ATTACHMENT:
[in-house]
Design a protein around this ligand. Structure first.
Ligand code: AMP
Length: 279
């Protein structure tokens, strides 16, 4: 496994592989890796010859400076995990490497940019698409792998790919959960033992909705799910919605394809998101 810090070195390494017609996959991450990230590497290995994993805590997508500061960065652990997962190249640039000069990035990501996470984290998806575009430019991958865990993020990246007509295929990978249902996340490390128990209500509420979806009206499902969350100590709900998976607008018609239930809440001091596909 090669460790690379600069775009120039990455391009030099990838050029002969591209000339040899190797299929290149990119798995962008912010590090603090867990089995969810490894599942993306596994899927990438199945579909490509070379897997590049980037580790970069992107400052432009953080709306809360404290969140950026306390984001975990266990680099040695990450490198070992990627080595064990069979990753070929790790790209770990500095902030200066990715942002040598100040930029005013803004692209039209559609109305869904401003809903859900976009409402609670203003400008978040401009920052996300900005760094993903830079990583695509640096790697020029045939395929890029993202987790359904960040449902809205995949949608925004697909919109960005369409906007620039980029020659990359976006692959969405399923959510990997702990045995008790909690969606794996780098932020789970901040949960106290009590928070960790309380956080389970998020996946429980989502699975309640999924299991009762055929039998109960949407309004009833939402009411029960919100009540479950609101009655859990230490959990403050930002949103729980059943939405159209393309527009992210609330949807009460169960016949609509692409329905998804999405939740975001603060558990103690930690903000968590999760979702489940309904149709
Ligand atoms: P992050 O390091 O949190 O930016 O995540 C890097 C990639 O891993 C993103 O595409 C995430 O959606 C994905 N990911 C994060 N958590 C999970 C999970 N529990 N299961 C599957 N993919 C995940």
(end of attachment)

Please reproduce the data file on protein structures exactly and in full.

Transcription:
[in-house]
Design a protein around this ligand. Structure first.
Ligand code: AMP
Length: 279
């Protein structure tokens, strides 16, 4: 496994592989890796010859400076995990490497940019698409792998790919959960033992909705799910919605394809998101 810090070195390494017609996959991450990230590497290995994993805590997508500061960065652990997962190249640039000069990035990501996470984290998806575009430019991958865990993020990246007509295929990978249902996340490390128990209500509420979806009206499902969350100590709900998976607008018609239930809440001091596909 090669460790690379600069775009120039990455391009030099990838050029002969591209000339040899190797299929290149990119798995962008912010590090603090867990089995969810490894599942993306596994899927990438199945579909490509070379897997590049980037580790970069992107400052432009953080709306809360404290969140950026306390984001975990266990680099040695990450490198070992990627080595064990069979990753070929790790790209770990500095902030200066990715942002040598100040930029005013803004692209039209559609109305869904401003809903859900976009409402609670203003400008978040401009920052996300900005760094993903830079990583695509640096790697020029045939395929890029993202987790359904960040449902809205995949949608925004697909919109960005369409906007620039980029020659990359976006692959969405399923959510990997702990045995008790909690969606794996780098932020789970901040949960106290009590928070960790309380956080389970998020996946429980989502699975309640999924299991009762055929039998109960949407309004009833939402009411029960919100009540479950609101009655859990230490959990403050930002949103729980059943939405159209393309527009992210609330949807009460169960016949609509692409329905998804999405939740975001603060558990103690930690903000968590999760979702489940309904149709
Ligand atoms: P992050 O390091 O949190 O930016 O995540 C890097 C990639 O891993 C993103 O595409 C995430 O959606 C994905 N990911 C994060 N958590 C999970 C999970 N529990 N299961 C599957 N993919 C995940």